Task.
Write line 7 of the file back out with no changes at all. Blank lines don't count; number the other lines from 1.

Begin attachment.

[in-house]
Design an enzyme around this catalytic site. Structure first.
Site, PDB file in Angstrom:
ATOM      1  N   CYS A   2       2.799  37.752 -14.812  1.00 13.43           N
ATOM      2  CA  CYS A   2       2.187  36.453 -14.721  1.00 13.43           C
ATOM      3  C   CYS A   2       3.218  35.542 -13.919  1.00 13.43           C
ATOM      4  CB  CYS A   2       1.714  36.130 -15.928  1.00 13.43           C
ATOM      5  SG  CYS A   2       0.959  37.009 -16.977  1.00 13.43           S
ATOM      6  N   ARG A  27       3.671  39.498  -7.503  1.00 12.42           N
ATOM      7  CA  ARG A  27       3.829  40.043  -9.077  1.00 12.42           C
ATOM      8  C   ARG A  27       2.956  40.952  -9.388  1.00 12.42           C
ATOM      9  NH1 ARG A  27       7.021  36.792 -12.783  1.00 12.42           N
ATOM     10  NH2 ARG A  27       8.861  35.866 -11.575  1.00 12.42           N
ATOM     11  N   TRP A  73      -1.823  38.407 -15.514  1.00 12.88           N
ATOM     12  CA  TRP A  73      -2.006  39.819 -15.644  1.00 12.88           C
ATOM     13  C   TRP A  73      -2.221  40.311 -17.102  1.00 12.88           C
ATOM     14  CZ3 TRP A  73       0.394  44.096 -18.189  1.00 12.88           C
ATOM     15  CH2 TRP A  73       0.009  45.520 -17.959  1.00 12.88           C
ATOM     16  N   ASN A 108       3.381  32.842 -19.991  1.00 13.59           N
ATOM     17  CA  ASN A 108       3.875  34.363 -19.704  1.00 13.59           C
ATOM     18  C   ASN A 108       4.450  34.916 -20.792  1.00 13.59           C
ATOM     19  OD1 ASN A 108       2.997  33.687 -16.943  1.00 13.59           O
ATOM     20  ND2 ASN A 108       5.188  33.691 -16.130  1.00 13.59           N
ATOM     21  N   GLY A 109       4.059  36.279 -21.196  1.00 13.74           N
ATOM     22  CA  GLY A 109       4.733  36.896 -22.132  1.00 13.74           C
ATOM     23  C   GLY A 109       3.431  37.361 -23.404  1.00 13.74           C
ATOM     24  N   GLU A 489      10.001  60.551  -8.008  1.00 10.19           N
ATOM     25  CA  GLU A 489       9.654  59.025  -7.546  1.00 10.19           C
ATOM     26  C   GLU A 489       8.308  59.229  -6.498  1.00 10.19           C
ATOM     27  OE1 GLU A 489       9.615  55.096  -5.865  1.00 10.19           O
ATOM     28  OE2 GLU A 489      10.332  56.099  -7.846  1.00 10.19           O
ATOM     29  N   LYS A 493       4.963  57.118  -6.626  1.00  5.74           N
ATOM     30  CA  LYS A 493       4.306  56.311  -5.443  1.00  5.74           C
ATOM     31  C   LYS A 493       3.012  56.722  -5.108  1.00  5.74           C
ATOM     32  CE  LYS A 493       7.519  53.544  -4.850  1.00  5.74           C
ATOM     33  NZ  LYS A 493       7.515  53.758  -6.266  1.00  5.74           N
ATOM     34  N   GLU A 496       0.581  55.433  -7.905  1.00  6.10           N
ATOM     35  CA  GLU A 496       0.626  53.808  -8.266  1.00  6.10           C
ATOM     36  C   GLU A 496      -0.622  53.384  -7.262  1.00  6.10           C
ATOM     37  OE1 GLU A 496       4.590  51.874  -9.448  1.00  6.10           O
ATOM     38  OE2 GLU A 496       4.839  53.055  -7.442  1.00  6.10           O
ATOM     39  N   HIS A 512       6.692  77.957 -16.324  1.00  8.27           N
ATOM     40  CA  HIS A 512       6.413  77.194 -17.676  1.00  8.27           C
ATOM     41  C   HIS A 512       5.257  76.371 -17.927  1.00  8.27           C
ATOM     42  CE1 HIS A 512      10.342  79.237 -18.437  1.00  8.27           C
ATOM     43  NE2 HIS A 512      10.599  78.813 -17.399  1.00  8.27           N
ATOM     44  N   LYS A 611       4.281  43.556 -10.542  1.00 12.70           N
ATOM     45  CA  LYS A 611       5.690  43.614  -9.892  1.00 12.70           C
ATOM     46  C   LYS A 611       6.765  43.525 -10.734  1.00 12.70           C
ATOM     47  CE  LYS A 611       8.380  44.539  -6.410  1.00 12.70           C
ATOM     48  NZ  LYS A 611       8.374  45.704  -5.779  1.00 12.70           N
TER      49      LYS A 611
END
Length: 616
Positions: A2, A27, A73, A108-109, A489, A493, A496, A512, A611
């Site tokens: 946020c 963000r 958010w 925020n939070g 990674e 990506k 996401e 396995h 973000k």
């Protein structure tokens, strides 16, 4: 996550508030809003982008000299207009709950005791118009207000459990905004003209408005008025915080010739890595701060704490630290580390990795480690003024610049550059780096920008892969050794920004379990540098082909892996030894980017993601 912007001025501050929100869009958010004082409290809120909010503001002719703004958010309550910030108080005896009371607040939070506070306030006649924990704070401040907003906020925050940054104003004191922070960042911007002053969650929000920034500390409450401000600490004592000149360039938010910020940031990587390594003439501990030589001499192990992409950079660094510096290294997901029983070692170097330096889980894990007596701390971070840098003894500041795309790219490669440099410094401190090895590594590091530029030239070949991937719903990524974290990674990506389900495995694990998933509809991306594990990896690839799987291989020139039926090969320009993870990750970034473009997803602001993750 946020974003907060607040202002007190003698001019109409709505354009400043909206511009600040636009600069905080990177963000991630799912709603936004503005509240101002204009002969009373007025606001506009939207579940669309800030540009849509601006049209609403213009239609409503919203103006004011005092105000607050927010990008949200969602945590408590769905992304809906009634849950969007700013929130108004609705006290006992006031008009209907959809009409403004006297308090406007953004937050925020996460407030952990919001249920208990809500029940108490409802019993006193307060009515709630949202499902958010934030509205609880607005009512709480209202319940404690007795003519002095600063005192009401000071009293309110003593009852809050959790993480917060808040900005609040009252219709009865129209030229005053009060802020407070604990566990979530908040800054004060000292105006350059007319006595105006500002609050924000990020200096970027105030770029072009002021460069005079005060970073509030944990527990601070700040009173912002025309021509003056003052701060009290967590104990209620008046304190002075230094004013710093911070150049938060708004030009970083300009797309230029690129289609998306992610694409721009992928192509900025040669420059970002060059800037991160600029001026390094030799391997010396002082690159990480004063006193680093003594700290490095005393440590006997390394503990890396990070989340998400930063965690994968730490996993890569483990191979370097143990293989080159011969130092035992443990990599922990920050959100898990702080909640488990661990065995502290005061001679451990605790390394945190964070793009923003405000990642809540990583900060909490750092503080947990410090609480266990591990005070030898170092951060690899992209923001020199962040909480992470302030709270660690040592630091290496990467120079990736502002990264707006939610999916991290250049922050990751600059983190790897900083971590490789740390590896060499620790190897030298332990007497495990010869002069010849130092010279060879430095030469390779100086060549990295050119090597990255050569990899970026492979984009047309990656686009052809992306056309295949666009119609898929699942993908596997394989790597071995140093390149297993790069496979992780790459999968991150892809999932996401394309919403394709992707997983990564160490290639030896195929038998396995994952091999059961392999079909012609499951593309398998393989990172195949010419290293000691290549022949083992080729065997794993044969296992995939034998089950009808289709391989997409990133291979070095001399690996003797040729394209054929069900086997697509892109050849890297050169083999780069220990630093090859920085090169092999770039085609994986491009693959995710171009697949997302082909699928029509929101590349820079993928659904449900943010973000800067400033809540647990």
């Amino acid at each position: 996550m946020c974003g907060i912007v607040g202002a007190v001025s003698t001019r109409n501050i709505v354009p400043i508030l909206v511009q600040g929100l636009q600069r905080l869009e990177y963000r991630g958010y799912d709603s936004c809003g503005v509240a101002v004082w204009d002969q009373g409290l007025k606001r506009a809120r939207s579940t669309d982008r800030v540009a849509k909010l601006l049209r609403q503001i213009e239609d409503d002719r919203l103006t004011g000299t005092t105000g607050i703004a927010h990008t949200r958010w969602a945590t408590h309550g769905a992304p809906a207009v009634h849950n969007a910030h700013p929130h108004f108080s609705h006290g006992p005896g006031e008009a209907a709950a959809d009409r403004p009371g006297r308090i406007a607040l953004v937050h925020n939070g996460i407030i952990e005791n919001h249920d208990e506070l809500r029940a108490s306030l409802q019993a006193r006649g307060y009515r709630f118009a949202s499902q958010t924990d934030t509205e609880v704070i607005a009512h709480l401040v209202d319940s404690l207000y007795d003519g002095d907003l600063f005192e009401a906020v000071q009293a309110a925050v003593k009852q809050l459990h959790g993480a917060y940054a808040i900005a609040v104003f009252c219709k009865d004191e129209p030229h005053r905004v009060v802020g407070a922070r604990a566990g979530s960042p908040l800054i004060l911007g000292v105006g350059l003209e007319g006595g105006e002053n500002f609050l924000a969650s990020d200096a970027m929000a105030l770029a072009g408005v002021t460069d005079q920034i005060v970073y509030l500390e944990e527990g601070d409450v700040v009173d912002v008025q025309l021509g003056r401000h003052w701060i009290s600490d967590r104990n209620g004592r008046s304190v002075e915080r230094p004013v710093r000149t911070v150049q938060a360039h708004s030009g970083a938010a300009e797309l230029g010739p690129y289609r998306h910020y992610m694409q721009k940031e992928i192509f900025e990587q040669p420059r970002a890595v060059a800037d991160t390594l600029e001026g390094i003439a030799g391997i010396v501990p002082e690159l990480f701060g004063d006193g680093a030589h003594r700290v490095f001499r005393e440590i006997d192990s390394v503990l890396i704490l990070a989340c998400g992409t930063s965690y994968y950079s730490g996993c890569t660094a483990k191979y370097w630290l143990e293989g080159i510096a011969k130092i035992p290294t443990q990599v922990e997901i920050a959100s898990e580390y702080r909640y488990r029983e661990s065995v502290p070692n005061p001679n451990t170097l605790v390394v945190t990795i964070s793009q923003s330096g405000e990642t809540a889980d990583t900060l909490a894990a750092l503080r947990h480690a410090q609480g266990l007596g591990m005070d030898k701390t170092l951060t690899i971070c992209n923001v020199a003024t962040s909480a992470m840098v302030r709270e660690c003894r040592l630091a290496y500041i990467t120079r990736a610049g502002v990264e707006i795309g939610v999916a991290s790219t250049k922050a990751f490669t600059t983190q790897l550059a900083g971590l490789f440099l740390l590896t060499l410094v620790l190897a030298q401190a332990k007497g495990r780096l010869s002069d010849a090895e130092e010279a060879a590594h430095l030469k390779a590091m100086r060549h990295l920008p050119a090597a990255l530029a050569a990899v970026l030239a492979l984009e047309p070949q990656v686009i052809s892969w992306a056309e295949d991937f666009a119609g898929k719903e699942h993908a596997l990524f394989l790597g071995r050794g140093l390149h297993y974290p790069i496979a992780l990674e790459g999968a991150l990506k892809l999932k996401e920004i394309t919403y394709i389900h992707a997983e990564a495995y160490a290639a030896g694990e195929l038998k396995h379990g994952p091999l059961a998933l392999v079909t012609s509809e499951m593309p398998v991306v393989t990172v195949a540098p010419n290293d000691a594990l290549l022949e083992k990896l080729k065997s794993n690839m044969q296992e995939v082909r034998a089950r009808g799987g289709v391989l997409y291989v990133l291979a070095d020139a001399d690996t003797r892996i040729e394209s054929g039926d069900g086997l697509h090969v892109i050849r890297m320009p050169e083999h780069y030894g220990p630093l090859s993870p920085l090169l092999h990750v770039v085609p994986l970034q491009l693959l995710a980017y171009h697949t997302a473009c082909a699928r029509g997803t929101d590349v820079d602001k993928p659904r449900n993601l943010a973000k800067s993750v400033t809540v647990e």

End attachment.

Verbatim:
ATOM      4  CB  CYS A   2       1.714  36.130 -15.928  1.00 13.43           C